Despite acknowledging ecological implications, China's environmental ministry has given a go-ahead for a hydroelectric dam that will become the tallest of its kind in the country.

According to a Reuters report, the dam which will be built to a height of 314 metres is expected to cost around $4 billion and will serve the Shuangjiangkou hydropower project on the Dadu River in Southwestern Sichuan province. The dam will be built over 10 years by a subsidiary of state power firm Guodian Group.

The Chinese environmental ministry, in a statement issued earlier this week, acknowledged that an environmental impact assessment showed that the project will have negative impact on rare fish, its pawning, flora and affect protected  local nature reserves.

The ministry reasons that counter measures will alleviate the effect. The measures will include protecting fish habitats, building fish ladders, increasing fish breeding and releasing. The project is also viewed as a threat for the growth of endangered flora like Chinese yew. The construction of seed banks to cultivate such rare species for plants artificially is suggested. Waste treatment facilities and relocation of the local residents are also under consideration.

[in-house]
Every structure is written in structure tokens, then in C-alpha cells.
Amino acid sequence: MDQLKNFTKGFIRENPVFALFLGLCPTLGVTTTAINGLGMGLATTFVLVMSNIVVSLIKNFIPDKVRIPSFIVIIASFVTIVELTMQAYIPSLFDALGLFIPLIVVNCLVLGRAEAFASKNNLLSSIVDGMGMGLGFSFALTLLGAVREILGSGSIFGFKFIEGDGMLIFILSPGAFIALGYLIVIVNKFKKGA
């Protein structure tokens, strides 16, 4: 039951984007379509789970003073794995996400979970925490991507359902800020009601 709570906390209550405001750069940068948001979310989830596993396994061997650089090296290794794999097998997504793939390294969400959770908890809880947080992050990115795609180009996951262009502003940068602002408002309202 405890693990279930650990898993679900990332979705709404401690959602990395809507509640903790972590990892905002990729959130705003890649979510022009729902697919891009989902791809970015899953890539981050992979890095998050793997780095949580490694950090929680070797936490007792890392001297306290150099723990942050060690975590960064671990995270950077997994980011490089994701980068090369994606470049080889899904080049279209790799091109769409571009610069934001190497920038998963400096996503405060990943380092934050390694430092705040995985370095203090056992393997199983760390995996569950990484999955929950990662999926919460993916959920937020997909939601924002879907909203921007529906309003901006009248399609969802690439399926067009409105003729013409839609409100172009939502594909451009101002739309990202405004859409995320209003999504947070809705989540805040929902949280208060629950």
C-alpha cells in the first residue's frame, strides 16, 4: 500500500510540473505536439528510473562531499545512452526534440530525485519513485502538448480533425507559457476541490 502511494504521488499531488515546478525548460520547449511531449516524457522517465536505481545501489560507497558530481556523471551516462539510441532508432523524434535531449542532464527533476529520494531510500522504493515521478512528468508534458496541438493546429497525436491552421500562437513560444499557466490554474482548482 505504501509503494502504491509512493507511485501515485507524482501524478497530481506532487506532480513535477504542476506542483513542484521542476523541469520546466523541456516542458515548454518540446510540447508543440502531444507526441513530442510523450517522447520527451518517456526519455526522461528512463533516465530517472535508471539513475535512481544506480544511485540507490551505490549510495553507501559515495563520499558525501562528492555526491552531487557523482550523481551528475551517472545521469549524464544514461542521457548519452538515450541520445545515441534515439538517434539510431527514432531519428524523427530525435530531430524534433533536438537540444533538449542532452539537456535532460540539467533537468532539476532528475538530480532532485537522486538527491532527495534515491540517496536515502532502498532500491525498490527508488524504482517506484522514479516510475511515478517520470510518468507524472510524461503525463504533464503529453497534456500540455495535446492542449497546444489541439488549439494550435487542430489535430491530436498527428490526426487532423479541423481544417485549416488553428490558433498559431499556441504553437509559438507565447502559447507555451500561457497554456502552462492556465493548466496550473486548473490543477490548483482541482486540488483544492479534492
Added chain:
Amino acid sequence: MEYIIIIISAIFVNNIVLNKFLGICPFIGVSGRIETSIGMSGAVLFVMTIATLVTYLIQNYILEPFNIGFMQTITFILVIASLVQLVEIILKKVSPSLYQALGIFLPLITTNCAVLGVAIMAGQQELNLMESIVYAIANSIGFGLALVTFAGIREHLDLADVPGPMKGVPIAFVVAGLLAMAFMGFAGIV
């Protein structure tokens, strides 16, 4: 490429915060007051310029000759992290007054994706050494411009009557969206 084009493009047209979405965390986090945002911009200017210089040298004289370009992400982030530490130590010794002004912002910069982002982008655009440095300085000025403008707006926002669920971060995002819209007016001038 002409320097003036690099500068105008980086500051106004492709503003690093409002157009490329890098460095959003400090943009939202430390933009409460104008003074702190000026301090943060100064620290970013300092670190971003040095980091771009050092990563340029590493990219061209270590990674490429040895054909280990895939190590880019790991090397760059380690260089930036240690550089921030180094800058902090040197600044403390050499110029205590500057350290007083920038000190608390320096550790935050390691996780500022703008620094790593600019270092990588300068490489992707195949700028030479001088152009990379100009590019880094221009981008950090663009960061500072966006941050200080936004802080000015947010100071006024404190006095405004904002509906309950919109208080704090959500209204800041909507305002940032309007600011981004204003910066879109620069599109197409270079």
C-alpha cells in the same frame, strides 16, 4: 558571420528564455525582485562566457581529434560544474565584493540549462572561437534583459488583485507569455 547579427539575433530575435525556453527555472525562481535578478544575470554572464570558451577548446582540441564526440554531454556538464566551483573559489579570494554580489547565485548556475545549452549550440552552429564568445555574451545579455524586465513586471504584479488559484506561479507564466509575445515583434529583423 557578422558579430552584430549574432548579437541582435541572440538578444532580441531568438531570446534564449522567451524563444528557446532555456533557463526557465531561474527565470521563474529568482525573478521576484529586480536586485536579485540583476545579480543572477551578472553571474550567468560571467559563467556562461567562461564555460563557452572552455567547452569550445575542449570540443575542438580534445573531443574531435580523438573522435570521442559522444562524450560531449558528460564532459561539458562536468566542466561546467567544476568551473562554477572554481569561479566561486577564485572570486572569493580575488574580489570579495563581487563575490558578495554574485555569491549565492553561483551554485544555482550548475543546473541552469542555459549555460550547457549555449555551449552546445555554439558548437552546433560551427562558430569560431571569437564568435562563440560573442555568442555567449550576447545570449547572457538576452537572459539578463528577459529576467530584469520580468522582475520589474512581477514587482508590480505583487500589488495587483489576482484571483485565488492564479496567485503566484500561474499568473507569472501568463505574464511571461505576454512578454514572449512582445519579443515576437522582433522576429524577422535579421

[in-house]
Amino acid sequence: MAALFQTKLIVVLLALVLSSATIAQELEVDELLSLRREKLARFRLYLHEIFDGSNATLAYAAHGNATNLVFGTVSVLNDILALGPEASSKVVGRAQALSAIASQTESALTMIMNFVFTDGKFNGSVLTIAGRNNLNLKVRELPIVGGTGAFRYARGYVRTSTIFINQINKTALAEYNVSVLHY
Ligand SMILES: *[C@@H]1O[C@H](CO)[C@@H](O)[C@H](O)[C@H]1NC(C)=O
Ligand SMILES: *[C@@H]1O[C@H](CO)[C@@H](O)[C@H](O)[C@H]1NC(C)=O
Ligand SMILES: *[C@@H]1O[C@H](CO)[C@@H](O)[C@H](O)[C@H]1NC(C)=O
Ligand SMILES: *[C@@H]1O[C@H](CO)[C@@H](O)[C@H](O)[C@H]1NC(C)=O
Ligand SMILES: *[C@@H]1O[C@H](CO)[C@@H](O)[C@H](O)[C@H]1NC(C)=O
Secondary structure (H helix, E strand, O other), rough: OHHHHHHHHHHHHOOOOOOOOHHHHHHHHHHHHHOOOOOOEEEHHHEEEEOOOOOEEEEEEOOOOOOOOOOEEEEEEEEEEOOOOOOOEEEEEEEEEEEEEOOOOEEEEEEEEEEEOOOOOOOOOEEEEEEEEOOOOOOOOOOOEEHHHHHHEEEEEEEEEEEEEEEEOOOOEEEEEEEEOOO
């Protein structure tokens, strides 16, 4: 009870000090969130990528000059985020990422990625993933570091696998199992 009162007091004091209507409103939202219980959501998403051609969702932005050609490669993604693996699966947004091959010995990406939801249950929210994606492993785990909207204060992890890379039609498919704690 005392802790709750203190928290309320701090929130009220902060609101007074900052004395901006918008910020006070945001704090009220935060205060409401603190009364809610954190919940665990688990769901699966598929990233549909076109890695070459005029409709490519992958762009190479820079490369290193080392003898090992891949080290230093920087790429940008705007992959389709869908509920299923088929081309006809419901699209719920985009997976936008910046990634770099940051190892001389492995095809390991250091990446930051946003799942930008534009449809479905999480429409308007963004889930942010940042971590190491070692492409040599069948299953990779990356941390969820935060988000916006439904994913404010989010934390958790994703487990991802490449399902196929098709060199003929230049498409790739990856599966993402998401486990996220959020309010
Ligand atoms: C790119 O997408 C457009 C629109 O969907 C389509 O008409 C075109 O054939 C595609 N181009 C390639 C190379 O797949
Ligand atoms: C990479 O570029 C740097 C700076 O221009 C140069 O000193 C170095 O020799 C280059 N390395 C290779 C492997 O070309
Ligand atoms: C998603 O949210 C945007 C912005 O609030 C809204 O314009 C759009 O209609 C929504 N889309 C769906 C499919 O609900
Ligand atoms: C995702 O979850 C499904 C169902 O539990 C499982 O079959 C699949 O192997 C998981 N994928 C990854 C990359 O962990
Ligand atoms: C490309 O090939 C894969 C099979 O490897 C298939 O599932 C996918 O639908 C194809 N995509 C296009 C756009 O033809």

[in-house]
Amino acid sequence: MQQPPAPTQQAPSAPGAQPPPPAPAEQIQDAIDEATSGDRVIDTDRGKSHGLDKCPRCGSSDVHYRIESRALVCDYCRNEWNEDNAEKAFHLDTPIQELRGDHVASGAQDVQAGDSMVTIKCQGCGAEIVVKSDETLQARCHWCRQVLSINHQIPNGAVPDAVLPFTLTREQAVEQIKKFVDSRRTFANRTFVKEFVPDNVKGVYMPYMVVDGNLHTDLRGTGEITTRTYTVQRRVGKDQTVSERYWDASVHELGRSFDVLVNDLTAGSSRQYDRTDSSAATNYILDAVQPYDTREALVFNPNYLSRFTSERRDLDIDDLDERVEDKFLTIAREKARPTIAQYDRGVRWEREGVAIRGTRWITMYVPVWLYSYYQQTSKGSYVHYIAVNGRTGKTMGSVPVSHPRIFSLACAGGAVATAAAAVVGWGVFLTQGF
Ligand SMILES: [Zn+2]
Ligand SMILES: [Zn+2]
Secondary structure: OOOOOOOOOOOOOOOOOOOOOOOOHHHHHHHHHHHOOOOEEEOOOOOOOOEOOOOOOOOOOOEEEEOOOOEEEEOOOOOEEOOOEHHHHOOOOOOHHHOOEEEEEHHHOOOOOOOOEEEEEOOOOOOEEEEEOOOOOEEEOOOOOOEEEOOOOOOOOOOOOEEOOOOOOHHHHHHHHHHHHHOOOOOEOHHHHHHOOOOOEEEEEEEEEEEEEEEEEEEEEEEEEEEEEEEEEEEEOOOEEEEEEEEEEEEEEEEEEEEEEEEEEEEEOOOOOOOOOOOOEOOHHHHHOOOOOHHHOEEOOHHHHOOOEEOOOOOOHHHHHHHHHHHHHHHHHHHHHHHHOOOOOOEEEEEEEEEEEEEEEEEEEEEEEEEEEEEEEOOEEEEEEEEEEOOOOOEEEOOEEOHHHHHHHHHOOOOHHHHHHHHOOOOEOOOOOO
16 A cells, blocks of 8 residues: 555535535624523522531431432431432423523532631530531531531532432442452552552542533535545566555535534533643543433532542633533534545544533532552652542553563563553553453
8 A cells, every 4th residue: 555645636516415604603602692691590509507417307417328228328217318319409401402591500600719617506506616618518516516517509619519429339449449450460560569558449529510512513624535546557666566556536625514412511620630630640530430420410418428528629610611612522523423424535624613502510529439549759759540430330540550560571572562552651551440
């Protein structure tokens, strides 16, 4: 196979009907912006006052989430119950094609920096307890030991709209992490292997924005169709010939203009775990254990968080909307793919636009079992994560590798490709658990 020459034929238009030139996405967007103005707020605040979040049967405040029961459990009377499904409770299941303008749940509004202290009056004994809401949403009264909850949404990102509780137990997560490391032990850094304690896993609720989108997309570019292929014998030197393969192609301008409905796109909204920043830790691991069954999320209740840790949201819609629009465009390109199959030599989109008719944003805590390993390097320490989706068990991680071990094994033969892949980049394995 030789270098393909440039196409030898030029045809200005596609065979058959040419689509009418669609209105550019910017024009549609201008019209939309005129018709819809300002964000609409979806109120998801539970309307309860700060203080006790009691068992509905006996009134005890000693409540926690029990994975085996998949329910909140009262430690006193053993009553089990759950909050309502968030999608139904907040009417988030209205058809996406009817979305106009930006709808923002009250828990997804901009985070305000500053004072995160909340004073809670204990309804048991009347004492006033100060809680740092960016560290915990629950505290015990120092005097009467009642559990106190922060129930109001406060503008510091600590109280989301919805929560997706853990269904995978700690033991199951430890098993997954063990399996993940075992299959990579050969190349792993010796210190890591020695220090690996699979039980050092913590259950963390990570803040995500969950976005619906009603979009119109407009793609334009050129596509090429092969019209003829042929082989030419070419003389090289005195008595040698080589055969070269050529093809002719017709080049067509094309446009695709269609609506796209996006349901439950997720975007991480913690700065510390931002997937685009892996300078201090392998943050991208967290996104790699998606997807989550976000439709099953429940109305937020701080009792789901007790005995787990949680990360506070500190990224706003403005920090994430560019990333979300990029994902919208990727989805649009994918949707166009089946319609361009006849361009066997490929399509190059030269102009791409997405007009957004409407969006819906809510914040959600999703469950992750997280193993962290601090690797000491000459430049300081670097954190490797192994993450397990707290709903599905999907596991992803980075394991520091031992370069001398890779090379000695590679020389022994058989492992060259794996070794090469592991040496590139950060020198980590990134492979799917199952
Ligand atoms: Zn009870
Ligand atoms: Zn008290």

Sinchuan is a highly earth-quake prone region. On May 12, 2008, an earthquake measuring 8.0 on the Richter scale killed as many as 80,000 people in the province. The province was affected by an earthquake this April as well. The project is expected to adversely impact downstream flows and also result in the submerging of at least six natural reserves.

On completion, the Sinhuan project will have a total installed capacity of 20 gigawatts (GW) with annual power generation to exceed seven million billion kilowatt-hours (kWh).

The main aim of China through this hydropower project is to raise the share of non-fossil fuels in its energy mix to 15 percent by 2020, up from 9.4 percent in 2011, for which the dam is expected to contribute significantly, according to the report.

After completion, the dam will be taller than the Three Gorges Dam which serves the world's biggest hydropower station on the Yangtze River and measures 185 metres. At 300 metres, Nurek dam in Tajikistanin Central Asia is the world's highest, though other dams are now under construction. The tallest dam in China now is Xiaowan Dam on the Lancang River, also known as Mekong.

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